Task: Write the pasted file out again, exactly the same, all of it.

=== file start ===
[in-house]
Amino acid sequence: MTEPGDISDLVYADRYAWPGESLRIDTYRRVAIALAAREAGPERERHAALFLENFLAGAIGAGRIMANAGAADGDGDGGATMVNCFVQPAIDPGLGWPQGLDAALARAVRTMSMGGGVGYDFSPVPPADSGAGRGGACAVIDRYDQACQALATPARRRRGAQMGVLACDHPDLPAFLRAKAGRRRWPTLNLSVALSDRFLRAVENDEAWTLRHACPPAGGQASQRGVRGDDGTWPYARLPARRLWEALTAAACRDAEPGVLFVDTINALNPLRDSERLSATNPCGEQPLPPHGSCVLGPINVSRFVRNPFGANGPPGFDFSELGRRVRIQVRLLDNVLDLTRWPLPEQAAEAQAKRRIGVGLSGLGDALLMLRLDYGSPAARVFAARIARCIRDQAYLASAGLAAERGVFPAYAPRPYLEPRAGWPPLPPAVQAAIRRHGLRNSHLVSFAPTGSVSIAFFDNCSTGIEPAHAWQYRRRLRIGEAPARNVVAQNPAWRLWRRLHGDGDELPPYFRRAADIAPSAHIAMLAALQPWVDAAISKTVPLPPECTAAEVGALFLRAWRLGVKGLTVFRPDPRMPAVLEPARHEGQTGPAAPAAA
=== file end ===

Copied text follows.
[in-house]
Amino acid sequence: MTEPGDISDLVYADRYAWPGESLRIDTYRRVAIALAAREAGPERERHAALFLENFLAGAIGAGRIMANAGAADGDGDGGATMVNCFVQPAIDPGLGWPQGLDAALARAVRTMSMGGGVGYDFSPVPPADSGAGRGGACAVIDRYDQACQALATPARRRRGAQMGVLACDHPDLPAFLRAKAGRRRWPTLNLSVALSDRFLRAVENDEAWTLRHACPPAGGQASQRGVRGDDGTWPYARLPARRLWEALTAAACRDAEPGVLFVDTINALNPLRDSERLSATNPCGEQPLPPHGSCVLGPINVSRFVRNPFGANGPPGFDFSELGRRVRIQVRLLDNVLDLTRWPLPEQAAEAQAKRRIGVGLSGLGDALLMLRLDYGSPAARVFAARIARCIRDQAYLASAGLAAERGVFPAYAPRPYLEPRAGWPPLPPAVQAAIRRHGLRNSHLVSFAPTGSVSIAFFDNCSTGIEPAHAWQYRRRLRIGEAPARNVVAQNPAWRLWRRLHGDGDELPPYFRRAADIAPSAHIAMLAALQPWVDAAISKTVPLPPECTAAEVGALFLRAWRLGVKGLTVFRPDPRMPAVLEPARHEGQTGPAAPAAA